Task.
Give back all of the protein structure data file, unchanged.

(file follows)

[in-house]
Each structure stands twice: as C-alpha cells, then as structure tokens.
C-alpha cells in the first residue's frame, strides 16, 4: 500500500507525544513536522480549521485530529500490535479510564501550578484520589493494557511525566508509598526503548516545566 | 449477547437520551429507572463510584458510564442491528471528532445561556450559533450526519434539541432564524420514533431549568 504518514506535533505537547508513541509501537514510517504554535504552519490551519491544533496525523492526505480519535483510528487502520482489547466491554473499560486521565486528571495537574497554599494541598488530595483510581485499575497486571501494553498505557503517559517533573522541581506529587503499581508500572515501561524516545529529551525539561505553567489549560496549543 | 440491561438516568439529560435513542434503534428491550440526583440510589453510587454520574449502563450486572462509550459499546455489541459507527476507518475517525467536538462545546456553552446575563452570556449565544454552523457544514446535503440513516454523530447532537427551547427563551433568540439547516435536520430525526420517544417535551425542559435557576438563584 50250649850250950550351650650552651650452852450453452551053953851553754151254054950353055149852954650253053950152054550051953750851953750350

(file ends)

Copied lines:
[in-house]
Each structure stands twice: as C-alpha cells, then as structure tokens.
C-alpha cells in the first residue's frame, strides 16, 4: 500500500507525544513536522480549521485530529500490535479510564501550578484520589493494557511525566508509598526503548516545566 | 449477547437520551429507572463510584458510564442491528471528532445561556450559533450526519434539541432564524420514533431549568 504518514506535533505537547508513541509501537514510517504554535504552519490551519491544533496525523492526505480519535483510528487502520482489547466491554473499560486521565486528571495537574497554599494541598488530595483510581485499575497486571501494553498505557503517559517533573522541581506529587503499581508500572515501561524516545529529551525539561505553567489549560496549543 | 440491561438516568439529560435513542434503534428491550440526583440510589453510587454520574449502563450486572462509550459499546455489541459507527476507518475517525467536538462545546456553552446575563452570556449565544454552523457544514446535503440513516454523530447532537427551547427563551433568540439547516435536520430525526420517544417535551425542559435557576438563584 50250649850250950550351650650552651650452852450453452551053953851553754151254054950353055149852954650253053950152054550051953750851953750350